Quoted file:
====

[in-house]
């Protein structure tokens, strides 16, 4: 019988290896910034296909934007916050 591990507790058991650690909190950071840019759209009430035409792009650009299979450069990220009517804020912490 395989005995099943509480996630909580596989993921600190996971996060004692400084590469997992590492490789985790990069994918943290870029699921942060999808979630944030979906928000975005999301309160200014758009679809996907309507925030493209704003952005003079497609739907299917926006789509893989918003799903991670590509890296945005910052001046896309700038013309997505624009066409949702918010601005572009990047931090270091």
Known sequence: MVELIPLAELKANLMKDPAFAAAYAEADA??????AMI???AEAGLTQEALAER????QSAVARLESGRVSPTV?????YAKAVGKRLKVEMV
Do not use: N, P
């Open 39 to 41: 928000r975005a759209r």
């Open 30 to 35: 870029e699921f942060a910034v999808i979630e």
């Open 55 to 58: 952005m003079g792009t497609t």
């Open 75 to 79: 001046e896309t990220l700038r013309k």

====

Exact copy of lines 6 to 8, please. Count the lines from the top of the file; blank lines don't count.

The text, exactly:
């Open 30 to 35: 870029e699921f942060a910034v999808i979630e």
């Open 55 to 58: 952005m003079g792009t497609t």
């Open 75 to 79: 001046e896309t990220l700038r013309k």